If teaching online is harder, takes more time, and even more disastrous if done poorly than face-to-face learning is, why should anyone launch an online program? Inside Higher Ed blogger Joshua Kim showcases how in spite of these challenges, developing new online programs can help grow institutional capacity and foster innovation. The comments on this post are also valuable!
Moving a program online is an opportunity to rethink the program.
Kim, Joshua. “3 Truths and 5 Recommendations for Online Programs.” Inside Higher Ed. December 15, 2015.
Leila Meyer, “Arizona State U Teams with Private Partners on Adaptive Learning,” Campus Technology, April 4, 2015.
This article presents the partnership between Arizona State University, Cengage Learning and Knewton to develop active learning tools that can be personalized for students in introductory college courses.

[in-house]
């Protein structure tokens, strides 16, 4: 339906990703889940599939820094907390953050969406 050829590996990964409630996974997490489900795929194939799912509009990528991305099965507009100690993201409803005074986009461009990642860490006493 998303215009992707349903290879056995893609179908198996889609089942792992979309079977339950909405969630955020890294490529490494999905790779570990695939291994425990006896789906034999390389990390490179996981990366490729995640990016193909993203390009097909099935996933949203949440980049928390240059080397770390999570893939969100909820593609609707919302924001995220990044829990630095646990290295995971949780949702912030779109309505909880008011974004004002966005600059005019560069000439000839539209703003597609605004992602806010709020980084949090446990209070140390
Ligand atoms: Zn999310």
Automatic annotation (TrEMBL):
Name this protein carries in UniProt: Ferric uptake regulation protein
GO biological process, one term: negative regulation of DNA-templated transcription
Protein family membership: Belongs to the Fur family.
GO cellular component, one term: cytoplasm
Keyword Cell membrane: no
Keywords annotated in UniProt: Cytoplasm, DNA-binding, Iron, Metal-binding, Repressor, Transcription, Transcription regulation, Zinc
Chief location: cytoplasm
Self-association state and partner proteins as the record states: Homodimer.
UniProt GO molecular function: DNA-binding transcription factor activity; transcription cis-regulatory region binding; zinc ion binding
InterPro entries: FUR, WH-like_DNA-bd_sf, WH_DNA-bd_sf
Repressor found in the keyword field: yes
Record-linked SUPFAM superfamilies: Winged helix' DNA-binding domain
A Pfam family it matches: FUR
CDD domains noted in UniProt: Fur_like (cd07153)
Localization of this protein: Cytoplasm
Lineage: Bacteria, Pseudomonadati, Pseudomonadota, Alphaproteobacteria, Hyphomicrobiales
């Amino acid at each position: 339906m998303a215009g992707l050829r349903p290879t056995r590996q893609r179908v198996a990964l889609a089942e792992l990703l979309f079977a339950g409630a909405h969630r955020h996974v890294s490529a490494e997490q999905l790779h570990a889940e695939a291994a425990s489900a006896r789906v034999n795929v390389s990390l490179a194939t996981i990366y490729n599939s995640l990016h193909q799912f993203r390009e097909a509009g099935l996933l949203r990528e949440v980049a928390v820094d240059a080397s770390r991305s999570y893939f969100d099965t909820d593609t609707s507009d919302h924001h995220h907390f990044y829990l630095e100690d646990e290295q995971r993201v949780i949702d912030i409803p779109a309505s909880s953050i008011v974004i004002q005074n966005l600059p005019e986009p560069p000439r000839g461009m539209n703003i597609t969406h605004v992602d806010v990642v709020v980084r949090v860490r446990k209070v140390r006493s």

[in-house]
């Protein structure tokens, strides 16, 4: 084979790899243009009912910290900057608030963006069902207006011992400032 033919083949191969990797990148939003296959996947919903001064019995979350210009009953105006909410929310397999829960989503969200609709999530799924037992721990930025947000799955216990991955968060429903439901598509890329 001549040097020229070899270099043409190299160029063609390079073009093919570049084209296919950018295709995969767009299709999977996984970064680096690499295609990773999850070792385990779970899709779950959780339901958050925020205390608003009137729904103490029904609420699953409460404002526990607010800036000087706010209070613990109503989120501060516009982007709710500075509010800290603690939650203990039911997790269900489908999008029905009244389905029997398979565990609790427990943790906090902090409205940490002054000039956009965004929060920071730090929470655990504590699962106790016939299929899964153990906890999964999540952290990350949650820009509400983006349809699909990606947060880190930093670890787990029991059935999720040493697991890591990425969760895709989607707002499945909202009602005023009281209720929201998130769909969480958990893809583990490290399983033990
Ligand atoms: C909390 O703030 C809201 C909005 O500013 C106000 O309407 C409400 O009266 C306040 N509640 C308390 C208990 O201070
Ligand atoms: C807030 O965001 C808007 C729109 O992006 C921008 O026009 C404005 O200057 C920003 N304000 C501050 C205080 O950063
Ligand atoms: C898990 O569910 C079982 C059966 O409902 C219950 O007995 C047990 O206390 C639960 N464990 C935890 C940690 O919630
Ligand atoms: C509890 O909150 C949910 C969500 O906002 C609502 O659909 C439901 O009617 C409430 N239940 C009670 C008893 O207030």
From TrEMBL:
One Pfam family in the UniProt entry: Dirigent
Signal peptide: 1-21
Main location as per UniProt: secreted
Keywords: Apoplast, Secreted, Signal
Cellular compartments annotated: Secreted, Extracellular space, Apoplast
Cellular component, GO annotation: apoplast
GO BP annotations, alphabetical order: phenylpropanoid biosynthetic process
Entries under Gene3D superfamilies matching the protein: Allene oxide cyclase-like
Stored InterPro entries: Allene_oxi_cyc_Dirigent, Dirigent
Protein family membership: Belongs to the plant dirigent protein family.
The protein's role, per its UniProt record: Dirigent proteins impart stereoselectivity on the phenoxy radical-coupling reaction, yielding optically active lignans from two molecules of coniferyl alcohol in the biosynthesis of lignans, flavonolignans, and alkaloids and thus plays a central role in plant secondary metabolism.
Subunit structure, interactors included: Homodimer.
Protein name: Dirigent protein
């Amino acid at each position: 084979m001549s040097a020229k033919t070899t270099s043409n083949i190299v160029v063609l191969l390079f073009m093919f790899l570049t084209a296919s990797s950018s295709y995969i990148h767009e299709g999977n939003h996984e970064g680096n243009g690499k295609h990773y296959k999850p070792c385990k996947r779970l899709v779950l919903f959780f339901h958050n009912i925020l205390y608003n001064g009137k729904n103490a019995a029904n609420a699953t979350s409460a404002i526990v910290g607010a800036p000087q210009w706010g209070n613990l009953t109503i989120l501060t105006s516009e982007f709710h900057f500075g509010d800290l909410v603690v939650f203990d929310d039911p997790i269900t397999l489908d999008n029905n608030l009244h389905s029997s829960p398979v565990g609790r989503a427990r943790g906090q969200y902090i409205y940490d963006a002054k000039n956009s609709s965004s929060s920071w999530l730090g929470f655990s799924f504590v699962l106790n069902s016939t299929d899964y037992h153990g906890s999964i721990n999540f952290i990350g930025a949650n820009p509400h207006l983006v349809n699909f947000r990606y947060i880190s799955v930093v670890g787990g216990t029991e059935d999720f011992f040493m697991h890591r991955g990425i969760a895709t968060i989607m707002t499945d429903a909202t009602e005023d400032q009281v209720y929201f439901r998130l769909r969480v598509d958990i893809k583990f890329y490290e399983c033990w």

Charles Huckabee, “Arizona State and edX Will Offer an Online Freshman Year, Open to All,” Chronicle of Higher Education, April 23, 2015.
This article introduces the Global Freshman Academy partnership of Arizona State University and edX that “reimagines the freshman year.” The program offers eight courses meeting the general education requirements of ASU. All courses are offered as MOOCs, with an option to take a final examination and pay a fee for credit.
Mathewson, Tara. “Online Education Partnerships Increasingly Popular Among Employers.” EducationDIVE, June 3, 2015.
This article is an overview of recent corporate efforts to provide online education options as part of a benefits package for employees. Key examples include Starbucks, Fiat Chrysler, and health insurance company Anthem. Links to other resources are included in this article.